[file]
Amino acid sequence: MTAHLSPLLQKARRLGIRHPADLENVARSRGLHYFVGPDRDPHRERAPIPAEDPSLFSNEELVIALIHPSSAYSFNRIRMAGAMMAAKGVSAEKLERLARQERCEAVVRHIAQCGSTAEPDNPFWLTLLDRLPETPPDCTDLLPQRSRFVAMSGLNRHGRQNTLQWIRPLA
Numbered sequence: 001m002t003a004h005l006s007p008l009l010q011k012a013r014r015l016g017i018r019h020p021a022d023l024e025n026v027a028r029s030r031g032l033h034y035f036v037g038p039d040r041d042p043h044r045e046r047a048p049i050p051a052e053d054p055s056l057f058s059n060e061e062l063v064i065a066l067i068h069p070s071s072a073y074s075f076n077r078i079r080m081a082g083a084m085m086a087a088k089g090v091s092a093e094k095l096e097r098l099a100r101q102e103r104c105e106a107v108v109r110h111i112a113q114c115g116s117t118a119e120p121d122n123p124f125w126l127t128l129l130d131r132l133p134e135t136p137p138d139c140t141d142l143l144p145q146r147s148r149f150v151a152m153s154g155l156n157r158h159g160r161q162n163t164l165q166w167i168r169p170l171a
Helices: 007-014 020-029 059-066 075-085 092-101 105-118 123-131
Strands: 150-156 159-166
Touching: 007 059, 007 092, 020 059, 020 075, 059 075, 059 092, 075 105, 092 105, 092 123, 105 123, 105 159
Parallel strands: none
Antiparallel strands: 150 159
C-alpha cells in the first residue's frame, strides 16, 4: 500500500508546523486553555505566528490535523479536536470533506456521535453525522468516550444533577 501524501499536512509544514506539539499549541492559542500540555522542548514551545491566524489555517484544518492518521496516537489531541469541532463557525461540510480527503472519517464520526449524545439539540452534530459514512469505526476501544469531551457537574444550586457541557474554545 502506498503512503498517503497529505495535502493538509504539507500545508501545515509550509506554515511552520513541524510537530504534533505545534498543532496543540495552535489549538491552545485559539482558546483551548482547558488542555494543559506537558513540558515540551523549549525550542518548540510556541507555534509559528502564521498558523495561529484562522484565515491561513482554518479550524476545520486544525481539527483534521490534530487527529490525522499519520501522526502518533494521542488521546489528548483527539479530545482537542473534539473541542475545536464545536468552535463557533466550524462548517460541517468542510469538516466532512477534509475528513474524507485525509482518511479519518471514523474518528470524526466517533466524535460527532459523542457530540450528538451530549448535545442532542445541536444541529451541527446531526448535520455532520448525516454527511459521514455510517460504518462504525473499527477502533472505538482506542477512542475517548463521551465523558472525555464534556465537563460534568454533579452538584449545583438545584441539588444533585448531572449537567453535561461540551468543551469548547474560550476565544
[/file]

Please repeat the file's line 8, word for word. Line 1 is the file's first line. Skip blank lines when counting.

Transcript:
C-alpha cells in the first residue's frame, strides 16, 4: 500500500508546523486553555505566528490535523479536536470533506456521535453525522468516550444533577 501524501499536512509544514506539539499549541492559542500540555522542548514551545491566524489555517484544518492518521496516537489531541469541532463557525461540510480527503472519517464520526449524545439539540452534530459514512469505526476501544469531551457537574444550586457541557474554545 502506498503512503498517503497529505495535502493538509504539507500545508501545515509550509506554515511552520513541524510537530504534533505545534498543532496543540495552535489549538491552545485559539482558546483551548482547558488542555494543559506537558513540558515540551523549549525550542518548540510556541507555534509559528502564521498558523495561529484562522484565515491561513482554518479550524476545520486544525481539527483534521490534530487527529490525522499519520501522526502518533494521542488521546489528548483527539479530545482537542473534539473541542475545536464545536468552535463557533466550524462548517460541517468542510469538516466532512477534509475528513474524507485525509482518511479519518471514523474518528470524526466517533466524535460527532459523542457530540450528538451530549448535545442532542445541536444541529451541527446531526448535520455532520448525516454527511459521514455510517460504518462504525473499527477502533472505538482506542477512542475517548463521551465523558472525555464534556465537563460534568454533579452538584449545583438545584441539588444533585448531572449537567453535561461540551468543551469548547474560550476565544